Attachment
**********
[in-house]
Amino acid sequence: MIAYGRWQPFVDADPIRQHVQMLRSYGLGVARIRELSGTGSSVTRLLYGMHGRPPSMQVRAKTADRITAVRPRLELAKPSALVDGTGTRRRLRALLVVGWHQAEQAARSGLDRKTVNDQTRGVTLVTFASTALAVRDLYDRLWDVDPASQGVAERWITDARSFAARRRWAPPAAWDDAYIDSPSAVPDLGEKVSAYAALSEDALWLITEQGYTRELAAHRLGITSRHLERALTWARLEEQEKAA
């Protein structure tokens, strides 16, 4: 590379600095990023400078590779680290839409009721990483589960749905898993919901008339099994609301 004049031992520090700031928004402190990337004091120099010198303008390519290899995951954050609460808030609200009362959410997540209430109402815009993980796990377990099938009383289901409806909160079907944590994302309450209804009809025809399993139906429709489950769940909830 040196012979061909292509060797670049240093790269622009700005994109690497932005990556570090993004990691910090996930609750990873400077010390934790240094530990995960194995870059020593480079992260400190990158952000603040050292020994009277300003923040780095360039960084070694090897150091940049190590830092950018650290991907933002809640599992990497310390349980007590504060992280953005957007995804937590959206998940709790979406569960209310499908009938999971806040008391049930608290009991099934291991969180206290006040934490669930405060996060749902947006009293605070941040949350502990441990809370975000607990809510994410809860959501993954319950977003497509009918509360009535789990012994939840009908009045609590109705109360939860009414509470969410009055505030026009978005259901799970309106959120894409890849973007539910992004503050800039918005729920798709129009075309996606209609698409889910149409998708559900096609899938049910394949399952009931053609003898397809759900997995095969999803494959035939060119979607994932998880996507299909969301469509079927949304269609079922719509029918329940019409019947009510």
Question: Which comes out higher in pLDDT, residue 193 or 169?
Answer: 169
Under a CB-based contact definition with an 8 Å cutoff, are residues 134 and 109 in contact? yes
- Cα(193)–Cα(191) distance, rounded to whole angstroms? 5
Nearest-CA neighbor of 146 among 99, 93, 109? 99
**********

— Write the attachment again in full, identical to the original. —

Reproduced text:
[in-house]
Amino acid sequence: MIAYGRWQPFVDADPIRQHVQMLRSYGLGVARIRELSGTGSSVTRLLYGMHGRPPSMQVRAKTADRITAVRPRLELAKPSALVDGTGTRRRLRALLVVGWHQAEQAARSGLDRKTVNDQTRGVTLVTFASTALAVRDLYDRLWDVDPASQGVAERWITDARSFAARRRWAPPAAWDDAYIDSPSAVPDLGEKVSAYAALSEDALWLITEQGYTRELAAHRLGITSRHLERALTWARLEEQEKAA
């Protein structure tokens, strides 16, 4: 590379600095990023400078590779680290839409009721990483589960749905898993919901008339099994609301 004049031992520090700031928004402190990337004091120099010198303008390519290899995951954050609460808030609200009362959410997540209430109402815009993980796990377990099938009383289901409806909160079907944590994302309450209804009809025809399993139906429709489950769940909830 040196012979061909292509060797670049240093790269622009700005994109690497932005990556570090993004990691910090996930609750990873400077010390934790240094530990995960194995870059020593480079992260400190990158952000603040050292020994009277300003923040780095360039960084070694090897150091940049190590830092950018650290991907933002809640599992990497310390349980007590504060992280953005957007995804937590959206998940709790979406569960209310499908009938999971806040008391049930608290009991099934291991969180206290006040934490669930405060996060749902947006009293605070941040949350502990441990809370975000607990809510994410809860959501993954319950977003497509009918509360009535789990012994939840009908009045609590109705109360939860009414509470969410009055505030026009978005259901799970309106959120894409890849973007539910992004503050800039918005729920798709129009075309996606209609698409889910149409998708559900096609899938049910394949399952009931053609003898397809759900997995095969999803494959035939060119979607994932998880996507299909969301469509079927949304269609079922719509029918329940019409019947009510």
Question: Which comes out higher in pLDDT, residue 193 or 169?
Answer: 169
Under a CB-based contact definition with an 8 Å cutoff, are residues 134 and 109 in contact? yes
- Cα(193)–Cα(191) distance, rounded to whole angstroms? 5
Nearest-CA neighbor of 146 among 99, 93, 109? 99